Issues of security breeches, resulting in the theft of credit card information or loss of access to systems are frequently in the headlines. The healthcare industry and home care are not immune, and we are all responsible for the protection of our patients' and clients' personal health information. These protections are mandated for home care organizations by HIPAA, HITECH and other regulations. Today's guest post is by Marcus Jensen who is a writer from Australia and the Editor-in- Chief of Technivorz blog. Besides working on Technivorz, his work has been featured on several prominent tech and business editorials. Although the examples cited by Marcus are not specific to home care, his recommendations are applicable to all of us.
The last couple of years have not been great cybersecurity-wise for anyone, healthcare organizations included. For instance, in 2015 alone, the Office of Civil Rights reported 253 healthcare data breaches which resulted in a combined loss of 112 million records. The vast majority of the biggest cybersecurity issues involved outside hacking in 2015.
In 2016, the situation is somewhat different, at least in the healthcare industry. Namely, a relatively large number of cybersecurity incidents included old-fashioned theft of devices such as laptops and simple human errors. In March, for example, Premier Healthcare had a laptop stolen from their billing department and since it was not sufficiently encrypted, data pertaining to more than 200,000 patients was stolen.
Moving away from healthcare for a while, 2016 has seen its share of hacking and other cybersecurity attacks from outside. Wendy's, Oracle, Weebly and Snapchat are just some of the major players whose cybersecurity was compromised in one way or another in 2016.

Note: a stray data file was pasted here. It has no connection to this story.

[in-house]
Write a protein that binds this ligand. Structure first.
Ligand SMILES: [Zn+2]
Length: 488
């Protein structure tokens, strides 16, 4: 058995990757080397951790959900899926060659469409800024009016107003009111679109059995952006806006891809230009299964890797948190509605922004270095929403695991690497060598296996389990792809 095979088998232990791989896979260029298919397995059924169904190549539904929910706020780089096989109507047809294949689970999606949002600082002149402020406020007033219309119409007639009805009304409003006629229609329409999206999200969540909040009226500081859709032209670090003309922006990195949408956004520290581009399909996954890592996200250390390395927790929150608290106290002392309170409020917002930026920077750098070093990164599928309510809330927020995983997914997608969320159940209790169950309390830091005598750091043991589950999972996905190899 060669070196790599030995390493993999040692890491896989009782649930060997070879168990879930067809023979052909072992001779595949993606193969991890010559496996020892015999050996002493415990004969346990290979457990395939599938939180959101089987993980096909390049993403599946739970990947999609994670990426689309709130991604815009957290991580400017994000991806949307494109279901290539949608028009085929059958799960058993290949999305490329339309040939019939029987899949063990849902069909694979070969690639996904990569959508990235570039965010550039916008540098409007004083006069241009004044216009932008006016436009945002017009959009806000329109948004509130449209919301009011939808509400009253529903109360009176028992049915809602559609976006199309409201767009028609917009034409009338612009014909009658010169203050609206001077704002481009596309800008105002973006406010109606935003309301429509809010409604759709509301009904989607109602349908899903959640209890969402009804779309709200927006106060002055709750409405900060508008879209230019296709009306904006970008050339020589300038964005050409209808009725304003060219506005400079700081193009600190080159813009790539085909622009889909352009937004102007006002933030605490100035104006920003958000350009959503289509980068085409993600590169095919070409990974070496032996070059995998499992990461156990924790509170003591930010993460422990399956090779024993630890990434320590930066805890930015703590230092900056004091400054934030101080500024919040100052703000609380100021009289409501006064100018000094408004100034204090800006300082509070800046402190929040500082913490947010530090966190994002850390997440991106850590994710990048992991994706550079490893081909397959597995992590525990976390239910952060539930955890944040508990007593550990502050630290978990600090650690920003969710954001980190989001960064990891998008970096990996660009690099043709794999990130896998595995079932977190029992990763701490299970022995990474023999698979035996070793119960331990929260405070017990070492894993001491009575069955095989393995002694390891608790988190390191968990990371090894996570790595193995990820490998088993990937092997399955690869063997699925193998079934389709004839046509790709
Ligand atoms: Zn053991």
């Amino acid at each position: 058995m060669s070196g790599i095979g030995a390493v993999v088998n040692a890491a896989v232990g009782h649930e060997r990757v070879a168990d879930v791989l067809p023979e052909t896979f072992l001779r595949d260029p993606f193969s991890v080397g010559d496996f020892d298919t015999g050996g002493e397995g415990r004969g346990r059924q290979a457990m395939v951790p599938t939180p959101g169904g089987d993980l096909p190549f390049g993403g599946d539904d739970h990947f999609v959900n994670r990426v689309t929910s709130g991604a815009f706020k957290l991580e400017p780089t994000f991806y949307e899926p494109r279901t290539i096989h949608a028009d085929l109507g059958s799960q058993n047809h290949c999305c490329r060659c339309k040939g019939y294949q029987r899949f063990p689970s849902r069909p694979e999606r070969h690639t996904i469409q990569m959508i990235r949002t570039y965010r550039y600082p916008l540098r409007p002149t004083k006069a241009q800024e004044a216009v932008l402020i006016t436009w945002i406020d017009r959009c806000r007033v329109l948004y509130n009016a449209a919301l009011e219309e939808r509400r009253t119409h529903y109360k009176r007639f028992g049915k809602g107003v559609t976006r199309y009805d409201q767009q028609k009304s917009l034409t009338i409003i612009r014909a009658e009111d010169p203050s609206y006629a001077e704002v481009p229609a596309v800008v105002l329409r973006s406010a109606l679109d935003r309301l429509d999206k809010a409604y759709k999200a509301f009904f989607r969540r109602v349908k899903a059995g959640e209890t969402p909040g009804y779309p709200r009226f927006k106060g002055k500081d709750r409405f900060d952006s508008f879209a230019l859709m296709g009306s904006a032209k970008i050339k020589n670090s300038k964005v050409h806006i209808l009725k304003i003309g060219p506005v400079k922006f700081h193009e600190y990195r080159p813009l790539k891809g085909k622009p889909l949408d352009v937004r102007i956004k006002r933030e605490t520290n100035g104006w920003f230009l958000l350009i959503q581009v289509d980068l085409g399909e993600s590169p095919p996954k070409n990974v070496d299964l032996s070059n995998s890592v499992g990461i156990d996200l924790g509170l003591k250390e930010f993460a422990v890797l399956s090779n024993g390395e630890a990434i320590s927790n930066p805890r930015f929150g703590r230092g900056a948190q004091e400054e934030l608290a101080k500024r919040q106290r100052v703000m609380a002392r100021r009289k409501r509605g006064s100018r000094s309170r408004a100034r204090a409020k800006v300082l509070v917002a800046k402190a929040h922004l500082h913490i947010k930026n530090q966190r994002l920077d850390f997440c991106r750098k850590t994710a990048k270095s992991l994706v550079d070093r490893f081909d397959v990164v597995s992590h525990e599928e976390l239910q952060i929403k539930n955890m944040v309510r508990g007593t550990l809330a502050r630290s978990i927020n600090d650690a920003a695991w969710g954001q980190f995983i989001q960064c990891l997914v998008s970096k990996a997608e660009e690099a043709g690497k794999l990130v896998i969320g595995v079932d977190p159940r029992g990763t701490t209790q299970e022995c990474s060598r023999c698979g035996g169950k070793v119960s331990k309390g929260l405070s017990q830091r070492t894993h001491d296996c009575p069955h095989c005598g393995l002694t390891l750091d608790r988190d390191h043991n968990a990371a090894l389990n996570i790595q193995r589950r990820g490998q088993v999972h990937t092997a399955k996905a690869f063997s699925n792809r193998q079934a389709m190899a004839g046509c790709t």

According to security experts such as Securelink, 2016 has also seen an explosion in ransomware attacks, many of which aimed at healthcare, educational and even law-enforcement organizations.
If such big players are struggling to keep their data secure, what hope do small home care agencies stand?
Quite a bit of hope, actually. Namely, with a few smart practices and a comprehensive approach to cybersecurity, home care agencies can do a lot to keep their data and their patients safe.
Education. Education. Education.
It may seem like somewhat of a cliché, but when cybersecurity in any kind of an organization is in question, education truly is the cornerstone on which you build everything.
First of all, you as the home care agency owner need to learn as much as you can about cybersecurity, the different kinds of threats and the most common current trends. There are quite a few websites and blogs out there on this subject and it might be a good idea to acquaint yourself with them. This is a great list of cybersecurity blogs you might want to check out if you have the time.
The next step is ensuring that everyone who works for your agency has had at least the basic cybersecurity training. This will include talks on the importance of strong passwords, not sharing one's credentials with anyone, not misplacing company devices and more. This training should also include something on social engineering, a practice where an attacker tricks an employee into thinking they are communicating with an official of some kind from some outside agency.
Use Proper Software
There are plenty of cybersecurity software solutions out there, from firewalls to antimalware software and more. Your agency is probably already using some sort of protection, but it never hurts to remind that using such software is a must.